GODZILLA VS. THE SMOG MONSTER (a.k.a., GODZILLA VS HEDORAH) (1971)
“Oh, no, they say he’s got to go
Go go Godzilla
Oh, no, there goes Tokyo
Go go Godzilla…”
Godzilla is indestructible. It is as simple as that. And I don’t mean how he can survive atom bombs, missiles, wavy death beams, aliens and other monsters. I mean he’s been kicking ass for over half a century, has been depicted in novels, comic books, video games, shitty American movies, and even a couple of animated series, one of which produced the notorious ‘nephew’ Godzookey, who can only be described as a kaiju version of Scrappy Doo (and that should be description enough to make you wake up at night with the sweats).
In the movies, Godzilla had gone from Lovecraftian engine of destruction to defender of humanity and back again, representing anything from rage to atomic war to whatever. My earliest memory of the Big Guy dates back to a showing on NBC of GODZILLA VS MEGALON, which was released theatrically in 1976 (with the poster showing the titular monsters fighting on the Twin Towers, despite not being set there) and shown the next summer on NBC, with John Belushi hosting (dressed in a Godzilla suit!). I devoured everything I could get on him. Godzilla, that is, not Belushi. Belushi doesn’t return my texts any more.
Legendary Pictures is currently putting together another remake, scheduled for release on May 16, 2014. Connected with the production is one Yoshimitsu Banno, whom some die-hard obsessives might know as the director of one of the most controversial Godzilla movies of all time, 1971’s GODZILLA VS HEDORAH, aka GODZILLA VS THE SMOG MONSTER.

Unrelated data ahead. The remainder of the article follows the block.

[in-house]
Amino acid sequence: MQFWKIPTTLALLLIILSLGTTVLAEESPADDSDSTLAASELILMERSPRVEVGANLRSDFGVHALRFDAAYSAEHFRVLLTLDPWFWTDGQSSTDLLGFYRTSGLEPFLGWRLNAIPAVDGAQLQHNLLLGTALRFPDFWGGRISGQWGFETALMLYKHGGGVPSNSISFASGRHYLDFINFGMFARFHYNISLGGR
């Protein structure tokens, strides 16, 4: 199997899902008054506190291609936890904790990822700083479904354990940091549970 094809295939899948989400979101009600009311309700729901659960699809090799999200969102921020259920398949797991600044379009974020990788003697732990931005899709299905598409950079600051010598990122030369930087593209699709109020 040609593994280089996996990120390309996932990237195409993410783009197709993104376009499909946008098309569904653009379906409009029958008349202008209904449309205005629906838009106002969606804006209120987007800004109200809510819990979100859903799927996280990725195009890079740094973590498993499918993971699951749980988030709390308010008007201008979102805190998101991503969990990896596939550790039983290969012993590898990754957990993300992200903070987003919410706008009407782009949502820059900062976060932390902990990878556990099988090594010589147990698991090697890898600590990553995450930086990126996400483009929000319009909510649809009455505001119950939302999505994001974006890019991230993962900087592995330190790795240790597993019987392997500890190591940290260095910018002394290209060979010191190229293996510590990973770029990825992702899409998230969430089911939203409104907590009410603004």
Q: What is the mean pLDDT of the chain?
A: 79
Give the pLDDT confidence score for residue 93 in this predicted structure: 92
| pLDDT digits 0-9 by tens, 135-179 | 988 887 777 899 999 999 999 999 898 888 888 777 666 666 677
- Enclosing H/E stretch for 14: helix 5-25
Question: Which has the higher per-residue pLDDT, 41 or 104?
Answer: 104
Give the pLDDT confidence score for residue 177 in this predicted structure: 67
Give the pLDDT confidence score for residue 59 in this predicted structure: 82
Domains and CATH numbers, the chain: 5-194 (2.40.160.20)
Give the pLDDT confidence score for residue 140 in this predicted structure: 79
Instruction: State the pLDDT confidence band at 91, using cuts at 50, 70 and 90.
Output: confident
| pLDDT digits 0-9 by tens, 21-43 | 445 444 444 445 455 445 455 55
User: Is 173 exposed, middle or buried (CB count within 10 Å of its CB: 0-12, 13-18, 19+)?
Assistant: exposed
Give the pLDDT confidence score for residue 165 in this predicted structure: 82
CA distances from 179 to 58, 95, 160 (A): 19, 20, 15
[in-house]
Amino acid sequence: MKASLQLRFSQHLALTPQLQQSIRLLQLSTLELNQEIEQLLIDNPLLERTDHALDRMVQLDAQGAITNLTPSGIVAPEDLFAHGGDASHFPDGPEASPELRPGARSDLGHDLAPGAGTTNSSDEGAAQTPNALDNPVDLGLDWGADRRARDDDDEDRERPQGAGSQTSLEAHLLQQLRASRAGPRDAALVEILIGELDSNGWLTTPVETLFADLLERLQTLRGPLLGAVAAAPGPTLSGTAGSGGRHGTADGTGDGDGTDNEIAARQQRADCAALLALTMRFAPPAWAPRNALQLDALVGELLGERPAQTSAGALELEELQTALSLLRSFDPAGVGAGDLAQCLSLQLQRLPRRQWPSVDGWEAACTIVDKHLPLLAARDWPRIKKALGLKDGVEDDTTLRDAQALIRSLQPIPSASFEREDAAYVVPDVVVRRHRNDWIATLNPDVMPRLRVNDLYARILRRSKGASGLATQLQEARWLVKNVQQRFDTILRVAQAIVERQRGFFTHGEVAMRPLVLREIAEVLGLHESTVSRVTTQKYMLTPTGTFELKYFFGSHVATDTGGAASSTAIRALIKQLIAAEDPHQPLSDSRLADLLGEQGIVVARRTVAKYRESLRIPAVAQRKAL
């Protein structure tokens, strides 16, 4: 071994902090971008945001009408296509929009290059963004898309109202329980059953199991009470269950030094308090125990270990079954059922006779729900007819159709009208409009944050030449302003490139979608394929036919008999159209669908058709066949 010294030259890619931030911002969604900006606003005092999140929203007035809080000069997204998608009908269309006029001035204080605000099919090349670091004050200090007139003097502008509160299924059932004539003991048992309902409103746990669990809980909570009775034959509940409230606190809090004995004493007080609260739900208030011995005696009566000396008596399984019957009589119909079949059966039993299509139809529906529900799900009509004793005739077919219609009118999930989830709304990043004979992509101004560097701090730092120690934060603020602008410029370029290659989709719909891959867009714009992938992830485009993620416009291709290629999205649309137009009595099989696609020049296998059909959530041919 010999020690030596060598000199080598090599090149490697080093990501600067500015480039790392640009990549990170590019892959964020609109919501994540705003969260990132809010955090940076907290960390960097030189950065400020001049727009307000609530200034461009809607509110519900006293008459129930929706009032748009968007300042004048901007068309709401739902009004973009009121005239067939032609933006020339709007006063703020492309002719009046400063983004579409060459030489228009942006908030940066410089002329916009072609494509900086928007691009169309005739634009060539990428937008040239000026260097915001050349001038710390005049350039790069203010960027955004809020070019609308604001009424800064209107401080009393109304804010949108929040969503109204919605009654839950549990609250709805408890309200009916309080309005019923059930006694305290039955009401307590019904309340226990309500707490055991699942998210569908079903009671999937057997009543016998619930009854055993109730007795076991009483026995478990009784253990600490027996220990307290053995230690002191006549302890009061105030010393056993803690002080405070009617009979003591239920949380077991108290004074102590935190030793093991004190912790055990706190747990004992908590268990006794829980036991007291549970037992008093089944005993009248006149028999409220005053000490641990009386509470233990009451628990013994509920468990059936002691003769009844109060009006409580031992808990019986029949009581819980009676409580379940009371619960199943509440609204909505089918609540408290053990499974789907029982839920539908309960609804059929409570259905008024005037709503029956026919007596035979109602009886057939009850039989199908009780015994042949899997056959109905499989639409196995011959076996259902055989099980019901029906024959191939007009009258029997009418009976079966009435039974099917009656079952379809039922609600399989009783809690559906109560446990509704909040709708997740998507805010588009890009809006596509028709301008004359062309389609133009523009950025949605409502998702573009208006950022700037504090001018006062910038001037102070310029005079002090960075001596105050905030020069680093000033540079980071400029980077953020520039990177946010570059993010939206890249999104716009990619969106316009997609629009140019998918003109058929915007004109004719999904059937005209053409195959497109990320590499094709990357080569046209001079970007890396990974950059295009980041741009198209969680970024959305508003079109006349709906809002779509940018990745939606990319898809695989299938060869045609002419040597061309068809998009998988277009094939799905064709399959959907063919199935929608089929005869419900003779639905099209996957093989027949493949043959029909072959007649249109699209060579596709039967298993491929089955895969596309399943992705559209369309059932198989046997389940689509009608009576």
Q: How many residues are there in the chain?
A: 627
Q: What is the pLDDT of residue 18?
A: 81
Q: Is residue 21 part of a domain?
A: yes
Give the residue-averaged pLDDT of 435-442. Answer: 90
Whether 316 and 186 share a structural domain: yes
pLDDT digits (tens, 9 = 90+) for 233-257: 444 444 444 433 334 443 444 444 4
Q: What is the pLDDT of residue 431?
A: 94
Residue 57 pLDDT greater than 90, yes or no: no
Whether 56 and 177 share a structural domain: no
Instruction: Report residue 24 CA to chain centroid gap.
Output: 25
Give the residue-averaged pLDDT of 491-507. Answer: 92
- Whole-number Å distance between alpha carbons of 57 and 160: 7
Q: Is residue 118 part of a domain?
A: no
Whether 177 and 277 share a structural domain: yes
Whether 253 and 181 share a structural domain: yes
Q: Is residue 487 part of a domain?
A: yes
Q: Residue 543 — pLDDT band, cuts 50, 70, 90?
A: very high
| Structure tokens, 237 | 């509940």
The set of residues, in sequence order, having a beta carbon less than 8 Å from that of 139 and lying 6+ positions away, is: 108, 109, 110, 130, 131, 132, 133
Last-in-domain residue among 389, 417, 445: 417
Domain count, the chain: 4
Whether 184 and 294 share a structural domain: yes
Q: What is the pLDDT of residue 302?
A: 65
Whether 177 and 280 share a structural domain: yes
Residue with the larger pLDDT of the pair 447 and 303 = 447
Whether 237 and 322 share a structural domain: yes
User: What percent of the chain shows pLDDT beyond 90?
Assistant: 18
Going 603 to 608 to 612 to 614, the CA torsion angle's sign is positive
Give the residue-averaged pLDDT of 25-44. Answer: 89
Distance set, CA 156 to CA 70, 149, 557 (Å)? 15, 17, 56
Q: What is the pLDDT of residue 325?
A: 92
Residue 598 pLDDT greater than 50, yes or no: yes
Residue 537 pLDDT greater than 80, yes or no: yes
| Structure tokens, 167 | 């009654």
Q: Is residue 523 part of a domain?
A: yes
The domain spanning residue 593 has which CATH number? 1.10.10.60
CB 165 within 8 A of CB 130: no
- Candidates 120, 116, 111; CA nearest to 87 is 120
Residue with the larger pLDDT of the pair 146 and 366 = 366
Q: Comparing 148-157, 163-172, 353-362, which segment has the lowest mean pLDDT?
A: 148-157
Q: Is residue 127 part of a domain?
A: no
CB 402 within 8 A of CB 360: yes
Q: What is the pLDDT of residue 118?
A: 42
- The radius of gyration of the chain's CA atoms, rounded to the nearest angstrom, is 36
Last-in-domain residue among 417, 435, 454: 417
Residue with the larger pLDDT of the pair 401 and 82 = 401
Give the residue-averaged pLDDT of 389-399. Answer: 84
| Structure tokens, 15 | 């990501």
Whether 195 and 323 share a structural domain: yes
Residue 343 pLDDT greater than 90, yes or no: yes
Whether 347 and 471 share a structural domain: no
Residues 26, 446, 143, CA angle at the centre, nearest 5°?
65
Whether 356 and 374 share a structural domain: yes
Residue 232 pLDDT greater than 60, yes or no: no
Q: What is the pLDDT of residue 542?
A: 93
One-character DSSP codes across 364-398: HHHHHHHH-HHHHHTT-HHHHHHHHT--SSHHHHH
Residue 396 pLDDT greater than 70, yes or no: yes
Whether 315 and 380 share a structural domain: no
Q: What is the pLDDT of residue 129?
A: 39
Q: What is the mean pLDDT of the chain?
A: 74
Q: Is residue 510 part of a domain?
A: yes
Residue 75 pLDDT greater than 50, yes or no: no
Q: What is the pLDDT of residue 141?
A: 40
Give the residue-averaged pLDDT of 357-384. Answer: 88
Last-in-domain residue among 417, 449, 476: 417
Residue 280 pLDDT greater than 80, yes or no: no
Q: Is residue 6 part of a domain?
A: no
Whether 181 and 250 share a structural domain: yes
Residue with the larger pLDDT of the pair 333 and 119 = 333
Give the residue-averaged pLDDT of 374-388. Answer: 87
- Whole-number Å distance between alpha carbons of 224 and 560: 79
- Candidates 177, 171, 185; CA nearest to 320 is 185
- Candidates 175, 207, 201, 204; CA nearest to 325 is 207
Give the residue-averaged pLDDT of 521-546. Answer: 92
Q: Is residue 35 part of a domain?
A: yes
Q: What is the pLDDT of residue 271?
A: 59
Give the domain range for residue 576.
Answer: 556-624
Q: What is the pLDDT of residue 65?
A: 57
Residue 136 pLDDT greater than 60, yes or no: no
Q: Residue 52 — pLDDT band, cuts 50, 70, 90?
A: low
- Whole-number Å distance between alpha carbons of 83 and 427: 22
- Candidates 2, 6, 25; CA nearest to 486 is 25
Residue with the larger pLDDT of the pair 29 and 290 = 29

Now, for those not in the know, the first GODZILLA movie was released in 1954, where he was a sole, unique threat against humanity. But over the subsequent 15 years and 10 movies, a whole mythology was built up, with more monsters, myths and madness added, and gradually Godzilla began to be seen less as a mindless menace and more a grudging ally of humanity against other forces, whether extraterrestrial or atomic weapons.
Or in this case, pollution, certainly a big and relevant topic at this time, and especially for Japan, choking under its own waste.
GODZILLA VS THE SMOG MONSTER opens with shots of the country, and images of water, air and soil pollution that are certainly effective. It then opens with the funkiest right-on song you can imagine: “SAVE THE EARTH!” the woman cries out, with lyrics that Al Gore would get a boner over (“The sea has cobalt, it’s full of mercury/Too many fumes in our oxygen/All the smog now is choking you and me/Good Lord, where is it gonna end?”)
We then get that staple of kaiju, the Annoying Kid, Ken Yano (Hiroyuki Kawase), a Godzilla fan whose scientist father, worried about the rise in pollution and reports of a sea monster wrecking vessels, takes him to the shore to do some scuba diving – yeah, that’ll work out. Underwater, Dr Yano is attacked by a large tadpole-like creature with red eyes, the same creature leaping out of the water to attack young Ken, unfortunately leaving him alive (sorry, but the brat is shrill). Still, the sombre scene when he’s calling out desperately for his missing father is equally effective.
Dr Yano is alive, but terribly burned by some sort of acid. His subsequent research has determined that a sludge-like substance, possibly from space, has mutated into a creature which can grow with the more pollution it consumes. Further, it can metamorphose into a land-walking monster that emerges and, in one unintentionally hilarious moment, uses a smokestack as a giant bong…
However, there’s no way some giant cowpat is going to be left unchallenged – Godzilla emerges, but finds this menace unlike any he’s ever faced before. Hedorah (the Japanese word for sludge, slime or chemical ooze) has no skeleton to speak of, and a punch into his chest only leaves Godzilla’s hand smoking from its acidic insides. And throwing Hedorah around only sends bits of it flinging to kill innocent Japanese folk (but not kittens).